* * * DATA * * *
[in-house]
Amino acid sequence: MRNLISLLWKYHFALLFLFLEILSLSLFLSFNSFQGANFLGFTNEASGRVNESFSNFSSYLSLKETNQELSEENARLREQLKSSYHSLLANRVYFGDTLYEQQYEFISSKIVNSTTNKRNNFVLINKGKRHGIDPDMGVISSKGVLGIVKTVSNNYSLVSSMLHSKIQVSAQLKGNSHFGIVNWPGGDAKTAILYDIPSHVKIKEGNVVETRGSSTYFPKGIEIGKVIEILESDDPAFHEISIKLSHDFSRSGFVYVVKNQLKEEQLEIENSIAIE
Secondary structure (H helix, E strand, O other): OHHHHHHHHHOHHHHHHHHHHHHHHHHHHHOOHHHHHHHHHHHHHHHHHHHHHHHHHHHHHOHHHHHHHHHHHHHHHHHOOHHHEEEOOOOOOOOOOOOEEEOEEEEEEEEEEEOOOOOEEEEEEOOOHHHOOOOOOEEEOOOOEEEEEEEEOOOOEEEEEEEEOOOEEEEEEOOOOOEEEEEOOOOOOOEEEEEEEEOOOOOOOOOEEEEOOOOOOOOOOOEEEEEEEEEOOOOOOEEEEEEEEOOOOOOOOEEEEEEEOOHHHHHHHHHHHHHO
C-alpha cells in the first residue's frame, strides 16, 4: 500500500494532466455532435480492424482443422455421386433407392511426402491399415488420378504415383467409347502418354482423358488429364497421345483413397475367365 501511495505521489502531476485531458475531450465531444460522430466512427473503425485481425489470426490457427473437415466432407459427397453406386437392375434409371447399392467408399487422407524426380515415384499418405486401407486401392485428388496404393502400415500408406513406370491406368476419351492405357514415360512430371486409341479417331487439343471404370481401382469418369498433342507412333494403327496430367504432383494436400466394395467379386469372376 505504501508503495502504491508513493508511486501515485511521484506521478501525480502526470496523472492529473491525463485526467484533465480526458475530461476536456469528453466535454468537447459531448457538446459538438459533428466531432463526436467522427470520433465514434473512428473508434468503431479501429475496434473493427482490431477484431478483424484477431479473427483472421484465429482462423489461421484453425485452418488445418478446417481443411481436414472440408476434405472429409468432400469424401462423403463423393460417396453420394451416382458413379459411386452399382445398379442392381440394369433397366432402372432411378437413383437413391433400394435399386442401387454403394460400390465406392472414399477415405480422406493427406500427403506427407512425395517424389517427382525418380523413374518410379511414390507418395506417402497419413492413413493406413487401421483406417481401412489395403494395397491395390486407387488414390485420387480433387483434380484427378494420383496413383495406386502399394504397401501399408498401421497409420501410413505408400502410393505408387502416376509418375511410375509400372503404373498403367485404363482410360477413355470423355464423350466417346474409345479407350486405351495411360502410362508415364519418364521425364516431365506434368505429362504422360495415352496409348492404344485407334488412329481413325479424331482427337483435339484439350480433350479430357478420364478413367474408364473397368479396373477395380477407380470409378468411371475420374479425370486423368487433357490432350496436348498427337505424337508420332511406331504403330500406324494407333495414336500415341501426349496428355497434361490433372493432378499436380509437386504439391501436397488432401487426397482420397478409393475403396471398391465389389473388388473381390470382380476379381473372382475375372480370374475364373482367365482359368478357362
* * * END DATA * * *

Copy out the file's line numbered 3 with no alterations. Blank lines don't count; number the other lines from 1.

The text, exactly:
Secondary structure (H helix, E strand, O other): OHHHHHHHHHOHHHHHHHHHHHHHHHHHHHOOHHHHHHHHHHHHHHHHHHHHHHHHHHHHHOHHHHHHHHHHHHHHHHHOOHHHEEEOOOOOOOOOOOOEEEOEEEEEEEEEEEOOOOOEEEEEEOOOHHHOOOOOOEEEOOOOEEEEEEEEOOOOEEEEEEEEOOOEEEEEEOOOOOEEEEEOOOOOOOEEEEEEEEOOOOOOOOOEEEEOOOOOOOOOOOEEEEEEEEEOOOOOOEEEEEEEEOOOOOOOOEEEEEEEOOHHHHHHHHHHHHHO